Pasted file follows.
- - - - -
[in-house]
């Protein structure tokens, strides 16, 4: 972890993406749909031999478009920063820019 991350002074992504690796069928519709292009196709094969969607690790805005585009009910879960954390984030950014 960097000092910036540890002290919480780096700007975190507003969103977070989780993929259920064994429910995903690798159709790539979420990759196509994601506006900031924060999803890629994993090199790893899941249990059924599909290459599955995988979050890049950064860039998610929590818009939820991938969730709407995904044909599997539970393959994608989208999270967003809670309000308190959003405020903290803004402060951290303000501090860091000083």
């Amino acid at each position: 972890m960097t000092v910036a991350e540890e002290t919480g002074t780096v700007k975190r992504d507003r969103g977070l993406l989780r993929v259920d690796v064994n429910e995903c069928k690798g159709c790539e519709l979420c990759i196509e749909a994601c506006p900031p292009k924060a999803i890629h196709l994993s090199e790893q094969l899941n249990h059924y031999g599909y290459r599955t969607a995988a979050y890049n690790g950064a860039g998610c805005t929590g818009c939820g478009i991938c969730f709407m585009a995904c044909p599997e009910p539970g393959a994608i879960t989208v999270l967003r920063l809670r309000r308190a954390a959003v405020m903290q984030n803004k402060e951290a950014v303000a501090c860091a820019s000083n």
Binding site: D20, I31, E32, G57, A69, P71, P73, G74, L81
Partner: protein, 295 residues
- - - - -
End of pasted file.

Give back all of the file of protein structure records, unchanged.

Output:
[in-house]
């Protein structure tokens, strides 16, 4: 972890993406749909031999478009920063820019 991350002074992504690796069928519709292009196709094969969607690790805005585009009910879960954390984030950014 960097000092910036540890002290919480780096700007975190507003969103977070989780993929259920064994429910995903690798159709790539979420990759196509994601506006900031924060999803890629994993090199790893899941249990059924599909290459599955995988979050890049950064860039998610929590818009939820991938969730709407995904044909599997539970393959994608989208999270967003809670309000308190959003405020903290803004402060951290303000501090860091000083």
């Amino acid at each position: 972890m960097t000092v910036a991350e540890e002290t919480g002074t780096v700007k975190r992504d507003r969103g977070l993406l989780r993929v259920d690796v064994n429910e995903c069928k690798g159709c790539e519709l979420c990759i196509e749909a994601c506006p900031p292009k924060a999803i890629h196709l994993s090199e790893q094969l899941n249990h059924y031999g599909y290459r599955t969607a995988a979050y890049n690790g950064a860039g998610c805005t929590g818009c939820g478009i991938c969730f709407m585009a995904c044909p599997e009910p539970g393959a994608i879960t989208v999270l967003r920063l809670r309000r308190a954390a959003v405020m903290q984030n803004k402060e951290a950014v303000a501090c860091a820019s000083n």
Binding site: D20, I31, E32, G57, A69, P71, P73, G74, L81
Partner: protein, 295 residues